I used to be a painfully uncomfortable, inadequate hostess. For one thing I rarely offered hospitality, and when I did stress took over my life in the days leading up to the event. I spent so much time cleaning that things like having ice and enough drinks to serve, were overlooked. The food I'd hoped to prepare mostly ahead of time, allowing leisurely fellowship, was barely getting started when guest walked in. My husband would busy himself preparing a salad while I did the main dish, and the kids entertained the guests.
I tried so hard to relax, but it never happened.
Growing up, I can't remember a single dinner party happening in my secular, alcohol-dysfunction home, so I had no model for hospitality and no memory of its blessings. I didn't even bother inviting childhood friends over, partially because we were a military family who moved frequently.
Enter the Lord Jesus Christ, who never leaves us where we're at.
Do you remember the "Do You Have a Good Story" posts I wrote? We talked about the hurting Body of Christ and how lonely and painful life can get, even as a Christian. Hospitality is one of the answers. Besides prayer, I'd say hospitality is the main answer.
Opening our homes and hearts so prayer and the breaking of bread and the sharing of burdens can occur is a manifestation of Christ's mercy and grace. And I know it is inconvenient.
My 70-year-old friend from church is going through such a trial. Her 73-year-old husband fell on the ice two months ago and he's been in the hospital ever since. She visits him often until midnight, caring for him and comforting him during the depression that's developed from the extended hospital stay. Not to mention, they don't know how they'll pay the medical bills.
We were on spring break from AWANA and it was supposed to be a Sunday to relax, but as I talked with my friend on Saturday night I knew she needed the Body of Christ badly. While she has parents still alive in their nineties and a twin sister, she is estranged from both. Loneliness is a regular companion for this childless couple and along with the extended hospital stay, life feels so heavy for them right now.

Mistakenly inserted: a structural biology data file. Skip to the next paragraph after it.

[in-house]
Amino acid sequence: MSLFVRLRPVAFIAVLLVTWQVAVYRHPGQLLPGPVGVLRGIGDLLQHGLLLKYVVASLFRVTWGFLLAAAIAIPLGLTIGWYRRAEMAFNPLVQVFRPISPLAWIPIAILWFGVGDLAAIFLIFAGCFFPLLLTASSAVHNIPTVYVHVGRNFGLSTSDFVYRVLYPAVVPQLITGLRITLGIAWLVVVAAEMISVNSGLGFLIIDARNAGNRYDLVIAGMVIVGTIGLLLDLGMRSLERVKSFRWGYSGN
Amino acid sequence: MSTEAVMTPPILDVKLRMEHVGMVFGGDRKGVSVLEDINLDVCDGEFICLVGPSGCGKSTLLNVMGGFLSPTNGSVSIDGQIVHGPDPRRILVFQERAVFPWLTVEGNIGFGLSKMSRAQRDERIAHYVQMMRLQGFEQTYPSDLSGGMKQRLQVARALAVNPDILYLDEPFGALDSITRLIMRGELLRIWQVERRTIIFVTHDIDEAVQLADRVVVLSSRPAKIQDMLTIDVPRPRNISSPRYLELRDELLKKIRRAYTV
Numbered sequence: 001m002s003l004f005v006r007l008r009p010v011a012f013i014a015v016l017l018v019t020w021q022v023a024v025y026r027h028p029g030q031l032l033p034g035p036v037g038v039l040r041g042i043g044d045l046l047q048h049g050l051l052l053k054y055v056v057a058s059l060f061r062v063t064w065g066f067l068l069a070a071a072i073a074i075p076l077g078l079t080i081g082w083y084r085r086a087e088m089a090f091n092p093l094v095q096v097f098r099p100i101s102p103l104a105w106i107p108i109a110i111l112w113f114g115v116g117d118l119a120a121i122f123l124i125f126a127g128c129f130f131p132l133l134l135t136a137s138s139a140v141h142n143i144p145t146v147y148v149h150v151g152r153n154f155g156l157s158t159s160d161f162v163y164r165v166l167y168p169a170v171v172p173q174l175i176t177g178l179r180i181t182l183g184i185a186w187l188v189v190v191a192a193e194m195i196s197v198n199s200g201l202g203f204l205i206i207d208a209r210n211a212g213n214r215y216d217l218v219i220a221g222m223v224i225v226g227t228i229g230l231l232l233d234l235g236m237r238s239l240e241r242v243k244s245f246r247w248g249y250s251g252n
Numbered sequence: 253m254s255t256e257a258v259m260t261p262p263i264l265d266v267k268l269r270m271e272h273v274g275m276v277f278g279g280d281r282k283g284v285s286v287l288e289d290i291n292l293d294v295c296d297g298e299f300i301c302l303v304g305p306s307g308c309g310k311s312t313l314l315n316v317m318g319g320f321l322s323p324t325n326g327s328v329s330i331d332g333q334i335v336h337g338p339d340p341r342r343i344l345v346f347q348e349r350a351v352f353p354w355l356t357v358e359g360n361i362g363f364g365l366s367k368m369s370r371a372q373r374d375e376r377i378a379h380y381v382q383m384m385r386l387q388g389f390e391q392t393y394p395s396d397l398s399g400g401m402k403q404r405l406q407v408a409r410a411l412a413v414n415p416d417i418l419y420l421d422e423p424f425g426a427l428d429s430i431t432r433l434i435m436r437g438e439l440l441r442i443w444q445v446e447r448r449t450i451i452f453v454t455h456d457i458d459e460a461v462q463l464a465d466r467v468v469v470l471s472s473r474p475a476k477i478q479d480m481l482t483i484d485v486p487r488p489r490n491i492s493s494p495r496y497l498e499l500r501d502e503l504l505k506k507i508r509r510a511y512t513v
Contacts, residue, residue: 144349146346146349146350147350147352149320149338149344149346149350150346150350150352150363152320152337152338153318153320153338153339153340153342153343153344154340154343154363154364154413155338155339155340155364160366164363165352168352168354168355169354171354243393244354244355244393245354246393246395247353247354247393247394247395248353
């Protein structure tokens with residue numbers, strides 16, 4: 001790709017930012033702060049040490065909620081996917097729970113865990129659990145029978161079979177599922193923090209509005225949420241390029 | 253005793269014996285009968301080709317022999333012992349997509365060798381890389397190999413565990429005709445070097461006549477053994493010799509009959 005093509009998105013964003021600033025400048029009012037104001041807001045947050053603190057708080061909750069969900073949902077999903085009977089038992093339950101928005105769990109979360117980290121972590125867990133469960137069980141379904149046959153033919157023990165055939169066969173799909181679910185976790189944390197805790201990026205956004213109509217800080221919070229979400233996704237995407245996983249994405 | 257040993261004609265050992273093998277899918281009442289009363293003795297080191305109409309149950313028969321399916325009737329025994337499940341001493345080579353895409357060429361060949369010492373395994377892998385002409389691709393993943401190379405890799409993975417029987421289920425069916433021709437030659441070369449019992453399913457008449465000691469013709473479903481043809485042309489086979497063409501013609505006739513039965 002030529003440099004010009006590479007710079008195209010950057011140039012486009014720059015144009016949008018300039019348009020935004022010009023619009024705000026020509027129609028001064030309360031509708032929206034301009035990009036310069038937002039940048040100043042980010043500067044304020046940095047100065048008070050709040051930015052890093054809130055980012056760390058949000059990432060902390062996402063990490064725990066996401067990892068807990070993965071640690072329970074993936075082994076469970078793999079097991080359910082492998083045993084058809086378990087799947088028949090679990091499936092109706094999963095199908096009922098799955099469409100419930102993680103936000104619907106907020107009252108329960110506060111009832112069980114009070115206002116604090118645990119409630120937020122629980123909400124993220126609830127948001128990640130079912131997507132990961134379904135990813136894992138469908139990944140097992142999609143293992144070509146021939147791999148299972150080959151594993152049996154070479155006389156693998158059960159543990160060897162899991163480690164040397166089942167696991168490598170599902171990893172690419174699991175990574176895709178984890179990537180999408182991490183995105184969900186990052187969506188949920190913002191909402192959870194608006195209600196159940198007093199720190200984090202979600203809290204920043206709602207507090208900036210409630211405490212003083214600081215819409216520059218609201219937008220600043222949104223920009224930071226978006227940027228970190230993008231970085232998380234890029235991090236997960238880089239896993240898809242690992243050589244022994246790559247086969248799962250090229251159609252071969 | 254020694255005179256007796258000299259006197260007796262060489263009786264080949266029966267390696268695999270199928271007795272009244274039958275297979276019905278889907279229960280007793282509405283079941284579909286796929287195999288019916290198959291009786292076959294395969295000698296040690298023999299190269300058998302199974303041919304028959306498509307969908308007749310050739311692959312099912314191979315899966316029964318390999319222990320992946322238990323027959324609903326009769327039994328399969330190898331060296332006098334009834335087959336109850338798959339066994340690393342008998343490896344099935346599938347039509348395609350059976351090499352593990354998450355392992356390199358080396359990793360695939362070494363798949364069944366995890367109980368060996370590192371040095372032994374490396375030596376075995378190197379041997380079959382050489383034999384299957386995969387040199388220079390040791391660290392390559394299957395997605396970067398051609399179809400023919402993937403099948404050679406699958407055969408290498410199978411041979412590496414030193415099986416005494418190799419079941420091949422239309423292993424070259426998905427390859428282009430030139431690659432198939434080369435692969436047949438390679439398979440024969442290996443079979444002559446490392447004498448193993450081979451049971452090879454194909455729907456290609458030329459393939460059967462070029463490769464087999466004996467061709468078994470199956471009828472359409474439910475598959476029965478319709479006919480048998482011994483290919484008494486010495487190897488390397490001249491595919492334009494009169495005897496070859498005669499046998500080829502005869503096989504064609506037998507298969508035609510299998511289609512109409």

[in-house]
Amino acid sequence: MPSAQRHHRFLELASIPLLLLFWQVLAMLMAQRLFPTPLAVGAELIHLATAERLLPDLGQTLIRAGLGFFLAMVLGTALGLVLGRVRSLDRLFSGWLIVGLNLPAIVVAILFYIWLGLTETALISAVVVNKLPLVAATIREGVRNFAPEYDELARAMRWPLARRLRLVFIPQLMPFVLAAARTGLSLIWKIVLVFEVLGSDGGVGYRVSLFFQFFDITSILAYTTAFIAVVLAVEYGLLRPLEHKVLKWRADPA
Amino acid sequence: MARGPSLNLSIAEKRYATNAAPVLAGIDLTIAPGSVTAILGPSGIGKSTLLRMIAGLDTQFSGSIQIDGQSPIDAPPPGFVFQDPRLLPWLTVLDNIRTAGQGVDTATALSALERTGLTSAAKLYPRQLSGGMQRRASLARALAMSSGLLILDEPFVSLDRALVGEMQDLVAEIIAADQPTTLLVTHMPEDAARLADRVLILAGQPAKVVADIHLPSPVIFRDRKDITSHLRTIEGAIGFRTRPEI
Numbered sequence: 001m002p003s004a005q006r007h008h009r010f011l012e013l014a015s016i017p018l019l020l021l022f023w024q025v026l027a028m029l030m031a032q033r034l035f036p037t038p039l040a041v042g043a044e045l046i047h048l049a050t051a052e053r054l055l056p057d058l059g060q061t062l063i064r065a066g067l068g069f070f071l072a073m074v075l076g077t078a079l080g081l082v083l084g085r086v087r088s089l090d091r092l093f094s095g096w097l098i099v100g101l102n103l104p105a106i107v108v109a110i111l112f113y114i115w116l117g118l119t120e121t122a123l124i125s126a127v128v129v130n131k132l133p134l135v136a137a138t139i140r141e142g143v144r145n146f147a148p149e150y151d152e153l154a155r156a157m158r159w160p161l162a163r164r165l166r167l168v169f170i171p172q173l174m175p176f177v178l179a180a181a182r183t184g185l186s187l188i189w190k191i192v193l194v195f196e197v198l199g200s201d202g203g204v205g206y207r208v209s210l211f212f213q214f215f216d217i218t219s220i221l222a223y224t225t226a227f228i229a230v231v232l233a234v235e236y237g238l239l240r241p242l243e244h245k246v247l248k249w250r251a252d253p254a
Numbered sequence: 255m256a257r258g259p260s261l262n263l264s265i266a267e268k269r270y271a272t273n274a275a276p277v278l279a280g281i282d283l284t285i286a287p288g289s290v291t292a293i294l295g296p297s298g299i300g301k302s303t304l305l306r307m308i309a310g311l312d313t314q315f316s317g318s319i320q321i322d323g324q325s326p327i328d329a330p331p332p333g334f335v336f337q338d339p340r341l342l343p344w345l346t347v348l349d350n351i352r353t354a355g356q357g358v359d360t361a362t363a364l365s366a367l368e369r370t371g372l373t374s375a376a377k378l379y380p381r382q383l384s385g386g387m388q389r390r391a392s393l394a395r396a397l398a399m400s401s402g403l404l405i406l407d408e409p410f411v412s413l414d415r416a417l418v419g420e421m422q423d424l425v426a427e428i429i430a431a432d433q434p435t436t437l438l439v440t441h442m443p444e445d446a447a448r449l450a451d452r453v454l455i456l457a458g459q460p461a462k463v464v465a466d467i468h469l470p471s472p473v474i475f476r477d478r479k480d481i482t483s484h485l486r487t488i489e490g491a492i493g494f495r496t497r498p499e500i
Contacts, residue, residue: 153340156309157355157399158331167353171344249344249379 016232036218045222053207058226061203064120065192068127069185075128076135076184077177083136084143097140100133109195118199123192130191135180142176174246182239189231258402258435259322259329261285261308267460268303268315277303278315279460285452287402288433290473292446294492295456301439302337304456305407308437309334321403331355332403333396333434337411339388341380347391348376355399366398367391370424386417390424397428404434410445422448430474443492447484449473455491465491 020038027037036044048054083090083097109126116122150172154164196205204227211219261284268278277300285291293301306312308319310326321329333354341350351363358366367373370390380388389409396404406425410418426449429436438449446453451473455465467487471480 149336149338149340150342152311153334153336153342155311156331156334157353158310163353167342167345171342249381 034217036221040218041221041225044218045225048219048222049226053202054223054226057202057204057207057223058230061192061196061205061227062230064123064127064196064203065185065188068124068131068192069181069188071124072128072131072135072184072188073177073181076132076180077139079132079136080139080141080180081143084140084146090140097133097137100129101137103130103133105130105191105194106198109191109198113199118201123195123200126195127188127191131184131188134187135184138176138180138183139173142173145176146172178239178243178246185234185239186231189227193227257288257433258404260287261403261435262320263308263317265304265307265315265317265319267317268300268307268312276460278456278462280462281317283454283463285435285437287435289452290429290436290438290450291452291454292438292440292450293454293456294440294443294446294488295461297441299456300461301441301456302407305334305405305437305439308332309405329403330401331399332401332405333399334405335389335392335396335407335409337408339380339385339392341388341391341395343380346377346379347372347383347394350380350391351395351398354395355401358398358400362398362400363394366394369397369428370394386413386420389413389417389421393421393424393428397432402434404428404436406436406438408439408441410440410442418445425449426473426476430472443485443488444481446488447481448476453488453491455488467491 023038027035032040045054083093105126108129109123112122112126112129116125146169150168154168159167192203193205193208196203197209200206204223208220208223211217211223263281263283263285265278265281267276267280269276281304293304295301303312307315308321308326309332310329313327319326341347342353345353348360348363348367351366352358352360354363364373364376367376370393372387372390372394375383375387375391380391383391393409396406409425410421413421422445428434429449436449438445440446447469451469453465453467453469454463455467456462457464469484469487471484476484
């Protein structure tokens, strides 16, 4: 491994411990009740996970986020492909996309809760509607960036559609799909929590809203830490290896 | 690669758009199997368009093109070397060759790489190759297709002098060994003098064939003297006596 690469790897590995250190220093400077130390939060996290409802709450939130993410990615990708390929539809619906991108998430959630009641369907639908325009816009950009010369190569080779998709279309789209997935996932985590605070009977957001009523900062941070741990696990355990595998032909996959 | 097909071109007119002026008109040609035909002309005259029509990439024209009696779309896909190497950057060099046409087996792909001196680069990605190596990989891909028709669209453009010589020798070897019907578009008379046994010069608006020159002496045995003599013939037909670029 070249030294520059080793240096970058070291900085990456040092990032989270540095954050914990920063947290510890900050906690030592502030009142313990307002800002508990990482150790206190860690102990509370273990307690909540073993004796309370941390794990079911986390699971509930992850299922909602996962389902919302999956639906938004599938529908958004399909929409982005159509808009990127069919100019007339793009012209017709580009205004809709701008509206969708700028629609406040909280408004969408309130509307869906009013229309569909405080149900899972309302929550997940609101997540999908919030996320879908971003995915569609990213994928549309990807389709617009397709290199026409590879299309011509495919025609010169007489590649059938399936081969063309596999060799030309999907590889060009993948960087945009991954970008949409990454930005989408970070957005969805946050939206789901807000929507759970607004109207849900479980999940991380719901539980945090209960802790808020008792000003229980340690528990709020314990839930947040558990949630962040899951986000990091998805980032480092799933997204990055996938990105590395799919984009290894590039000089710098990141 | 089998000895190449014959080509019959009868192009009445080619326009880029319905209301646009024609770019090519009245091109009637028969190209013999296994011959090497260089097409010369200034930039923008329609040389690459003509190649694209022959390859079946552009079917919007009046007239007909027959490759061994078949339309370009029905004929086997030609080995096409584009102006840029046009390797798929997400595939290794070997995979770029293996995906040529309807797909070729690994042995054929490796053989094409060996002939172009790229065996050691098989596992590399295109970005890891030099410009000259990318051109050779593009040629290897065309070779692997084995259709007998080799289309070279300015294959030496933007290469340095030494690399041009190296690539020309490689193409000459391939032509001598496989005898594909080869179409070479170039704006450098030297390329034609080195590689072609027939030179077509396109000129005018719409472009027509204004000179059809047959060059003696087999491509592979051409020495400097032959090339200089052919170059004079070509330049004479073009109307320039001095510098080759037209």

The words "Do you want to come over for dinner tomorrow night" were on my lips, and while in the past I would have squashed them due to my own selfishness and feelings of inadequacy, I uttered them this time and my friend was thrilled.
It was a rushed Sunday morning because my husband was doing snow and ice removal at the church he's employed at, and I was teaching preschool in the children's ministry. Husband wasn't due back until about the time I had to leave for church. He arrives to our church late on these mornings, using his own car. Preparing four children for church as well as myself and gathering my lesson props, was anything but a relaxing beginning.
Coming home to five hours of preparation for a dinner party felt anything but convenient, but I knew God was in it and the outcome would be good. I could feel that this is what dying to ourselves means. This is being the hands and feet of Christ. I could feel it and it wasn't so hard after all.
But at first it feels hard, as our hearts reform and become more suited for servanthood. It feels hard to teach at church or work the nursery week after week instead of enjoying the music and relaxing in a chair for 90 minutes. It feels hard to have Bible studies in my busy home; it feels hard to make the time to call people when my to-do list is never ending...especially those who talk for forty minutes if left unchecked.